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CDC Estimates on Early 2014 Insurance Coverage

By January 20, 2015Commentary

The Centers for Disease Control conducts the National Health Interview Survey program.  Among other things, it asks about insurance status and is a primary source for information on type and prevalence of insurance coverage.  In the wake of the reform law and opening of the health insurance exchanges, a lot of numbers have been thrown about on the impact on the number of uninsured Americans.  Reducing that number was supposedly the primary motivator behind the reform law.  The CDC issued an analysis of interviews conducted with about 27,600 Americans regarding their insurance status in early 2014.     (CDC Report)   During the first three months of 2014, 41 million Americans, or 13.1% of the population, continue to lack insurance coverage at the time of the interview; while 55.5 million or 17.8% said they were uninsured during at least part of the year prior to the interview and 29.9 million or 9.6% had been uninsured for longer than a year prior.  About 166 million of people under age 65 were covered by private insurance, of whom 1.4% or 3.7 million, got their coverage on one of the exchanges.  (note that this number is substantially lower than the inflated one the Administration has been broadcasting)  Of adults aged 18-64, 18.4% were uninsured when interviewed, 17% had public (i.e. Medicaid or Medicare) coverage and 66% had private health insurance.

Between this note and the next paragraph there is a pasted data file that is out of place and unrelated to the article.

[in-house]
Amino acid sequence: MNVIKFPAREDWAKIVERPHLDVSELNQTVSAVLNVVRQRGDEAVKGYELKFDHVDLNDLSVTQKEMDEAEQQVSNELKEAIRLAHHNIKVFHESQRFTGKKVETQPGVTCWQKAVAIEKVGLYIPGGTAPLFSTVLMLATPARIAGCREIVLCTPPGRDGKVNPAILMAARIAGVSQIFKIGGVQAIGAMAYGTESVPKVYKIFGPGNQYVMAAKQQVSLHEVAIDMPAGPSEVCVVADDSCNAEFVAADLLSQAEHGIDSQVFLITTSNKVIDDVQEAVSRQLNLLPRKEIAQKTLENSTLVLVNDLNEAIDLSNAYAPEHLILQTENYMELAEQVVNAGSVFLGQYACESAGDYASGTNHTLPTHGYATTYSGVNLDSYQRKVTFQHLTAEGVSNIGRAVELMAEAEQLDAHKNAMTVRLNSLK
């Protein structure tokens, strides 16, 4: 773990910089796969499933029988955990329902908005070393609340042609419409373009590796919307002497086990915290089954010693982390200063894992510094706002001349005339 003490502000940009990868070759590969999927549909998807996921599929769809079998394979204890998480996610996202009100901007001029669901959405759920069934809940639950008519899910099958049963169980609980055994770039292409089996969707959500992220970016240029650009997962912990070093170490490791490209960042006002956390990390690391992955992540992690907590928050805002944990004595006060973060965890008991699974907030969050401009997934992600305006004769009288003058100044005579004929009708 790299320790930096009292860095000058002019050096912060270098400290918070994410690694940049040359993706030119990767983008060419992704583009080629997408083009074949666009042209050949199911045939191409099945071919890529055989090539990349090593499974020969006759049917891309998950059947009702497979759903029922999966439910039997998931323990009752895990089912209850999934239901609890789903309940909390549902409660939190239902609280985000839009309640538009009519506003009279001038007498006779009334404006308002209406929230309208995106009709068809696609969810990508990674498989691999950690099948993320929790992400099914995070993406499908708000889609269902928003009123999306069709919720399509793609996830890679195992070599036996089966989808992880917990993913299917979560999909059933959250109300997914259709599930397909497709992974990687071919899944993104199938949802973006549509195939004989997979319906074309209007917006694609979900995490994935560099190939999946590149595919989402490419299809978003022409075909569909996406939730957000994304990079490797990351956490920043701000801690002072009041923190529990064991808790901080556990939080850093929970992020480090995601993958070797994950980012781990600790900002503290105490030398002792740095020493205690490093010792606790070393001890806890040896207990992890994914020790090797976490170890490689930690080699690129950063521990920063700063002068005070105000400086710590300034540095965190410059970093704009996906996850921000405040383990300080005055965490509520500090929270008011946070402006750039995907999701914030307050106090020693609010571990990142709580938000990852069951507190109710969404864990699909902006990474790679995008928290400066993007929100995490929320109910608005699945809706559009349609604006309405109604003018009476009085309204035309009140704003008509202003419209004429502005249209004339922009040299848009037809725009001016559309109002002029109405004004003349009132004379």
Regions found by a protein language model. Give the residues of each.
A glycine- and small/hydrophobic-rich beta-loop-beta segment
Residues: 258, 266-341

Looking at the key age groups targeted for coverage expansion, for those aged 19-25, the percent uninsured at time of interview dropped from 26.5% in 2013 to 21% in the first quarter of 2014.  For all adults aged 18-64, however, the decreased a more modest 2%, from 20.4% in 2013 to 18.4% in 2014.   It is simplistic to think that it would be best if everyone had health insurance and that if they did, health status and health outcomes would be much better.  The evidence doesn’t support that and in a free country people should be allowed to make their own choices about what products and services they buy, as long as they bear the full consequences of those choices.  While it may be viewed as a good thing that the reform law appears to be reducing uninsurance, what have the costs of that minimal private and much larger public coverage expansion been?  At a minimum, tens of billions of dollars just in administrative expense to create exchanges and desperately try to persuade individuals to use them.  More lastingly, a huge increase in public spending, taxes and debt burden, which hurts every citizen.  Still hard to believe there isn’t a better, more just alternative.

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